Abbey Droessler, Southwest Health
Suicide has touched the lives of almost every American. Many know someone who has died by suicide, whether it’s a coworker, friend or family member. Over the past two decades, suicide rates have steadily risen in the United States and are currently ranked 12th as a cause of death among all ages.
What’s important to remember is that suicide is preventable. We can make an impact through education and understanding throughout our communities, workplaces, and homes.
September is Suicide Prevention Awareness Month, a time to raise awareness of this stigmatized and often taboo topic. We use this month to shift public perception, spread hope and share vital information with people affected by suicide. The goal is to ensure that individuals, friends, and families can access the resources they need to discuss suicide prevention and seek help.
Southwest Health and other organizations in our community have committed to the Zero Suicide Initiative. This initiative centers on the belief that suicide deaths are preventable for individuals under the care of health and behavioral health systems. Zero Suicide fits Southwest Health’s goal of High Reliability as it’s a way to improve suicide care, thus improving patient care and safety.
If you or someone you know is experiencing a mental health crisis, call or text 988 immediately or you can chat the Suicide & Crisis Lifeline at 988lifeline.org. It’s estimated that almost 5% of all adults have serious thoughts of suicide. Suicidal thoughts, although common, should not be considered normal and often indicate more serious issues.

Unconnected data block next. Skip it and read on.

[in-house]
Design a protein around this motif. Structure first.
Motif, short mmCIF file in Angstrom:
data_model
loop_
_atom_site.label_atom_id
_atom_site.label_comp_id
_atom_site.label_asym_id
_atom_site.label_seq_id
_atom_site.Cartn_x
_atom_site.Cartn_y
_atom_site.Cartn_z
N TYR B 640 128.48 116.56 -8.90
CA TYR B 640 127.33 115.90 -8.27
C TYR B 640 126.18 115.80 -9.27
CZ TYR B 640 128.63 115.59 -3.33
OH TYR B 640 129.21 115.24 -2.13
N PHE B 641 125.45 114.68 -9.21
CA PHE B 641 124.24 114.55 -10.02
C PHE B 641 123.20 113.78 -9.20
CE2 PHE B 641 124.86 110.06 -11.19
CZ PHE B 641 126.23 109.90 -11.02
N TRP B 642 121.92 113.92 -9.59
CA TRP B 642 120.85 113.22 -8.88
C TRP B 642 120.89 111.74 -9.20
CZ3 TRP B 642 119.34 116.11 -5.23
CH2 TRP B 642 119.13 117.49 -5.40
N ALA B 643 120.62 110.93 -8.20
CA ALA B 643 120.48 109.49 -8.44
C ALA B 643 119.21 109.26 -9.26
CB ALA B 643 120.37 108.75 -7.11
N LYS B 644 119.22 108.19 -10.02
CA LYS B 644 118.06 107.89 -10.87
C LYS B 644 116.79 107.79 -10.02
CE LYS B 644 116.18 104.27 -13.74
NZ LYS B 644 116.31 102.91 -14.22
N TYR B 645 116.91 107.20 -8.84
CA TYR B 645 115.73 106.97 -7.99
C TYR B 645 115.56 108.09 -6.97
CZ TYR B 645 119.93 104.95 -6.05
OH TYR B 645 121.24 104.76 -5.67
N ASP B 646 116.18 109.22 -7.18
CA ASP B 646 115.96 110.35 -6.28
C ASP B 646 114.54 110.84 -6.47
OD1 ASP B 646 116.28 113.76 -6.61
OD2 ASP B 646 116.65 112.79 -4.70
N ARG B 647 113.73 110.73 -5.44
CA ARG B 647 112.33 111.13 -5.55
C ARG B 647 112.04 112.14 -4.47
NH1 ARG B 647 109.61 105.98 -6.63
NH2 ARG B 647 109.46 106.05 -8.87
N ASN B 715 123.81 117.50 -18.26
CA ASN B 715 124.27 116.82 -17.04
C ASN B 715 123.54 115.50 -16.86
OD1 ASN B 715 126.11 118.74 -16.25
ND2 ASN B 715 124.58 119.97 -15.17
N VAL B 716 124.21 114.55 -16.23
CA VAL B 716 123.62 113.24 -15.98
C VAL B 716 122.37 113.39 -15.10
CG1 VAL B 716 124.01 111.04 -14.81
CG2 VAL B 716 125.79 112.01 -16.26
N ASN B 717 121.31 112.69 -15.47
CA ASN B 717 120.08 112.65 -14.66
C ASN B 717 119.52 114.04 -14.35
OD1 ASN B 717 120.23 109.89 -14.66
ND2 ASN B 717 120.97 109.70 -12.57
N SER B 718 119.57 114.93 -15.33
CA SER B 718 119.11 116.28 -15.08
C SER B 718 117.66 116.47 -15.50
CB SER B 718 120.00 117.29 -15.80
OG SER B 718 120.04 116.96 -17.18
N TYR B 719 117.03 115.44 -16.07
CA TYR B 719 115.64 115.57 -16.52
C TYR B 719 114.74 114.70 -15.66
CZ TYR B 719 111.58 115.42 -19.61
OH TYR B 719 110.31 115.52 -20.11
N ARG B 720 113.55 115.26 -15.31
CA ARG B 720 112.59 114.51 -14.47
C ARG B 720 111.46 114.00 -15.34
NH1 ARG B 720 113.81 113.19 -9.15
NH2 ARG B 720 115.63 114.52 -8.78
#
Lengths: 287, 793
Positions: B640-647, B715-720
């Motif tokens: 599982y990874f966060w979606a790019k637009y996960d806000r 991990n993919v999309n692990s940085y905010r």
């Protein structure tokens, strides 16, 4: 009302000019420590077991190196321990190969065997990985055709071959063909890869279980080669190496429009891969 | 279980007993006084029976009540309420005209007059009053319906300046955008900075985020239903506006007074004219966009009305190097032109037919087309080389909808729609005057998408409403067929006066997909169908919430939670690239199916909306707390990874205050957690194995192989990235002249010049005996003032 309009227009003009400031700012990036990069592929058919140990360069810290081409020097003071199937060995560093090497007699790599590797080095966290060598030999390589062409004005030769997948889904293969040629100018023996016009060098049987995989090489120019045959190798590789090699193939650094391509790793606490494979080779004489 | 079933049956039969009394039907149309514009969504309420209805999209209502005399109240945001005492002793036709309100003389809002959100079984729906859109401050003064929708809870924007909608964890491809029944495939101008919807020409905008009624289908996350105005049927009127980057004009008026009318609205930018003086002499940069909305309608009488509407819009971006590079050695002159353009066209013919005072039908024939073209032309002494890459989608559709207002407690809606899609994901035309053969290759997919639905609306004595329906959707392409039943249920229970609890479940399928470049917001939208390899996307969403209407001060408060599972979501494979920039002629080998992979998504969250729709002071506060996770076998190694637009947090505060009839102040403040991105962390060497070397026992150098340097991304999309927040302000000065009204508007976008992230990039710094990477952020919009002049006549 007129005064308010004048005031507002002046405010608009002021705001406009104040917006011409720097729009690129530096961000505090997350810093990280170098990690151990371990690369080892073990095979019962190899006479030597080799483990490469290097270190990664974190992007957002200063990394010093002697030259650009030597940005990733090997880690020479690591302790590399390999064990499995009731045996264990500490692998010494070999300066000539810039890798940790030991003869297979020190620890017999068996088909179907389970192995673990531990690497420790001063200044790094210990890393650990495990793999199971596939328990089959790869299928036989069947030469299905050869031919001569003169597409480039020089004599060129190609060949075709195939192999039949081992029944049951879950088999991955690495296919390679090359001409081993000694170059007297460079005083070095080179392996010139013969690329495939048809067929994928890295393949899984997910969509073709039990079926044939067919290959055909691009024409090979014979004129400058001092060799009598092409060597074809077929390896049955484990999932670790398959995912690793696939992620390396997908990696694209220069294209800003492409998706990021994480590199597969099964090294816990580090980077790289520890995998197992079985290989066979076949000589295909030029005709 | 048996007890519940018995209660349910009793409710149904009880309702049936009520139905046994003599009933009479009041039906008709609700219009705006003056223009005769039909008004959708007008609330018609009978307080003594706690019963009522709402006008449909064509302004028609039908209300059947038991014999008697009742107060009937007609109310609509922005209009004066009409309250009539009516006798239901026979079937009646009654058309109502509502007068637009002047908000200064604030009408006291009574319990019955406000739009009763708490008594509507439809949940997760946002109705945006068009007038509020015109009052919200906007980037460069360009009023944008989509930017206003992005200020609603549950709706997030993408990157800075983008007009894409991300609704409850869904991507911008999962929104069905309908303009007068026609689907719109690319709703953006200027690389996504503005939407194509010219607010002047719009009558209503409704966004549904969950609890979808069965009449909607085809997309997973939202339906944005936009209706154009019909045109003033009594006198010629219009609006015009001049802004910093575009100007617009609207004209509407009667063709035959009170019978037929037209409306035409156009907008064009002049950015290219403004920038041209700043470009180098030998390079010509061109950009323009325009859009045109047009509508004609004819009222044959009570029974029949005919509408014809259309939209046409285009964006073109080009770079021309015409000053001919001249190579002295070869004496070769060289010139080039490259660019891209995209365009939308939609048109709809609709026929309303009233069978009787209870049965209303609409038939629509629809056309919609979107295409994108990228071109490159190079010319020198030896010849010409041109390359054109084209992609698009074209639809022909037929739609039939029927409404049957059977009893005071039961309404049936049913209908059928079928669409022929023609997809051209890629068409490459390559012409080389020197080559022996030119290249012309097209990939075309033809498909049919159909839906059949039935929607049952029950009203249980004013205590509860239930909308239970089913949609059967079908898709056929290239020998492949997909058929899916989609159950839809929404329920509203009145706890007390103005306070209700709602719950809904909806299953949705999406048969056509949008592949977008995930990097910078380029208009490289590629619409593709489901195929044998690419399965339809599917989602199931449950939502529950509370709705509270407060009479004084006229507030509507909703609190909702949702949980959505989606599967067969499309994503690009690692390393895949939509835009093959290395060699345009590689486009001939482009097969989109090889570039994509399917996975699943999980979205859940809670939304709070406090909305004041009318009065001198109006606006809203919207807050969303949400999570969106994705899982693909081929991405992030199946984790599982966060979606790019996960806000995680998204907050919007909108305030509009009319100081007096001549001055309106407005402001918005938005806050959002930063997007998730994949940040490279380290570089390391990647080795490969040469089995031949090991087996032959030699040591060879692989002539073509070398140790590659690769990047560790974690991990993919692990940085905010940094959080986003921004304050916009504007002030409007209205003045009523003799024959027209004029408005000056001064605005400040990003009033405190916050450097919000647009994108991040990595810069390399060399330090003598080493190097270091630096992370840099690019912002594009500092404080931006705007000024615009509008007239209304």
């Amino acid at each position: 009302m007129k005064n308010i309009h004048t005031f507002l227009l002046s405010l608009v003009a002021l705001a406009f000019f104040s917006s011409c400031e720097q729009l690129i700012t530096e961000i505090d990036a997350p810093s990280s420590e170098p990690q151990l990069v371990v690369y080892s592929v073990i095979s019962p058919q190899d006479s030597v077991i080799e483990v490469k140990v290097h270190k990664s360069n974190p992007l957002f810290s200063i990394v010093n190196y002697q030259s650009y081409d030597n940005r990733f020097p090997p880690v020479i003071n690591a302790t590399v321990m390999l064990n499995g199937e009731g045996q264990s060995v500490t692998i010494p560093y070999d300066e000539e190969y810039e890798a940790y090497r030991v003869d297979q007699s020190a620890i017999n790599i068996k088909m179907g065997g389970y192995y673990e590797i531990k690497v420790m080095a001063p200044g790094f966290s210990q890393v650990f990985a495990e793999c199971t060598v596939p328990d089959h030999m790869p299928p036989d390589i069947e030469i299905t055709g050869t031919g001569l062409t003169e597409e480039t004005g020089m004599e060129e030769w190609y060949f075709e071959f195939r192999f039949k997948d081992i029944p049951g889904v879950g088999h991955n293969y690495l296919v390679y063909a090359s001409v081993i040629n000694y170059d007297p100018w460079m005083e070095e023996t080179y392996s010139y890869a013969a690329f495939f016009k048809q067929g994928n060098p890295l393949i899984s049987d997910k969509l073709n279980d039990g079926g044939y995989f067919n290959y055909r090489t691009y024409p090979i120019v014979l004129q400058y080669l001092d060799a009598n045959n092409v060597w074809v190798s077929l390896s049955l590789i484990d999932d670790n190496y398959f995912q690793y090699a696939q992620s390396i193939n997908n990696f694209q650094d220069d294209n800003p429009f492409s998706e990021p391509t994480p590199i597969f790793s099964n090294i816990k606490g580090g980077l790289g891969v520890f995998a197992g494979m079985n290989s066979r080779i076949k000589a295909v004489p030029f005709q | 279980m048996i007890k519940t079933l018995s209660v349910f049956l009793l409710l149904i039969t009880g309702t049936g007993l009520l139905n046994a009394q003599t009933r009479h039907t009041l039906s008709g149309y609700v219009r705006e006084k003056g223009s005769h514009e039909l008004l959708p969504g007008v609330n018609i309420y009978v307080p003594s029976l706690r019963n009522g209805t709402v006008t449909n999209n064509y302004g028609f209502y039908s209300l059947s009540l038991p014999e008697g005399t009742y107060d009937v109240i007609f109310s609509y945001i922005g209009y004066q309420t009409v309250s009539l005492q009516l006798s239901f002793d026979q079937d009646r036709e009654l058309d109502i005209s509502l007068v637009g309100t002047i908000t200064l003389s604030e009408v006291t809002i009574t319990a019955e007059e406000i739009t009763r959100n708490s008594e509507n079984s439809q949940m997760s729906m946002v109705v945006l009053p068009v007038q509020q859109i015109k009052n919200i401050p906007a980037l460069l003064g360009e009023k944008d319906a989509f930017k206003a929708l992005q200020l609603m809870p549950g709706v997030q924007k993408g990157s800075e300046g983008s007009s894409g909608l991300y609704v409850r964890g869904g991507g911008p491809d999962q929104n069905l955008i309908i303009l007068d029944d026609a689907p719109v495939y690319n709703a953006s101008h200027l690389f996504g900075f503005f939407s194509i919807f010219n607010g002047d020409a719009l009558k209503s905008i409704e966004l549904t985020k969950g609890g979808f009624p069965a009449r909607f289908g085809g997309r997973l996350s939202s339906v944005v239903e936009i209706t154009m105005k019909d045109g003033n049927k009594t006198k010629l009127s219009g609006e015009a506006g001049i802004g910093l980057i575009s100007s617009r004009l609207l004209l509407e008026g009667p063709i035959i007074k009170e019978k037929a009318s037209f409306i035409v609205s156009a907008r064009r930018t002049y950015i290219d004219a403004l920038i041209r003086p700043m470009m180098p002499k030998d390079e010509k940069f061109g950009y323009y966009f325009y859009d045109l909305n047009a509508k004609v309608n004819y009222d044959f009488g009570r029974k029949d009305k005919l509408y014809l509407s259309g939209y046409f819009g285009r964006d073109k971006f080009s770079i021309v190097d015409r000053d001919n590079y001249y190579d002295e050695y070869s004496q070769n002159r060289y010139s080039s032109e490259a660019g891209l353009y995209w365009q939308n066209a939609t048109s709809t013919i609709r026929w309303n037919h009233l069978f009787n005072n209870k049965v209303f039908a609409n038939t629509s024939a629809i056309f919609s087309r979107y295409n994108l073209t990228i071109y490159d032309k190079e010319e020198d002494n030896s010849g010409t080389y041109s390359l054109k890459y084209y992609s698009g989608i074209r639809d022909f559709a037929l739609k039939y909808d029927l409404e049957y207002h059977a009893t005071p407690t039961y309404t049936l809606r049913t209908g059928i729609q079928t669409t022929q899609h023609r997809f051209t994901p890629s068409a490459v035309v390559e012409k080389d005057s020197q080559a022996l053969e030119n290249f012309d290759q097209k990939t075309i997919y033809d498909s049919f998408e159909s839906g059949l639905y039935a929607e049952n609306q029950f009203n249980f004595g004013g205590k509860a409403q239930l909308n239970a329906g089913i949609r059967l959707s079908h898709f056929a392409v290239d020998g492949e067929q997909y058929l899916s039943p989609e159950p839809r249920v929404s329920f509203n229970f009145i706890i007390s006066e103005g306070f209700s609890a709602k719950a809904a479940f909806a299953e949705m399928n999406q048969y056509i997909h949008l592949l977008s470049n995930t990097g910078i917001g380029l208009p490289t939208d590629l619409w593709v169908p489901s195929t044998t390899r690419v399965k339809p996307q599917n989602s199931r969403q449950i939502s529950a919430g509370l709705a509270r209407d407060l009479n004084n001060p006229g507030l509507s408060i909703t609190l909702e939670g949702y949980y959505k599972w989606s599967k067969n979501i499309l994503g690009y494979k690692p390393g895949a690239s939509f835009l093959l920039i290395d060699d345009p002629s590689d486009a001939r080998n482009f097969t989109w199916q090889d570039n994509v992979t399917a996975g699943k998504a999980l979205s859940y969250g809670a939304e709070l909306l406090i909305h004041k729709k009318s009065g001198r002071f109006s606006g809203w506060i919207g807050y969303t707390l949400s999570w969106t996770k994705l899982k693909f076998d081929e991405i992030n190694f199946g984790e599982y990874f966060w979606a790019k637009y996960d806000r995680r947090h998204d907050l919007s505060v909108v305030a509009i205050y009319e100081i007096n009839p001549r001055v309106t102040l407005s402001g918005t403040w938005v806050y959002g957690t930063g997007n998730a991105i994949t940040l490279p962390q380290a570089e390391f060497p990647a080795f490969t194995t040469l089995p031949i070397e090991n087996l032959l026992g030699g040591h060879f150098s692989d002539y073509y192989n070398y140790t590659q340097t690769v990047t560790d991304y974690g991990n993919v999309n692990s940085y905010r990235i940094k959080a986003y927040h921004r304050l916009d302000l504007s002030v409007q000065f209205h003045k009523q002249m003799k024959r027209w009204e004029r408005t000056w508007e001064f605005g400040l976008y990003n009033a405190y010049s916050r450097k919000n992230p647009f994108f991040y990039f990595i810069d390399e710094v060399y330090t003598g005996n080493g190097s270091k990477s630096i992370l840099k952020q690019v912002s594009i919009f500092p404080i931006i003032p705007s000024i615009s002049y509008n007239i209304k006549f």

There are many warning signs that can lead people to believe someone is thinking about suicide. According to the National Suicide Prevention Lifeline, if the following behaviors are new or have increased, people around that person need to step in. Remember, you might need to be that person that steps in.
- Talking about feeling hopeless or having no reason to live
- Talking about feeling trapped or in unbearable pain
- Talking about being a burden to others
- Increasing the use of alcohol or drugs
- Acting anxious or agitated; behaving recklessly
- Sleeping too little or too much
- Withdrawing or isolating themselves
- Showing rage or talking about seeking revenge
- Extreme mood swings
If you need mental health assistance and want to set up an appointment with any providers at Southwest Behavioral Services, call them at 608-348-3656. Southwest Behavioral Services is not a crisis facility. If you or someone you know is having a mental health crisis, do not hesitate to reach out to the 24-hour Mental Health Crisis Line at 988, or call 911.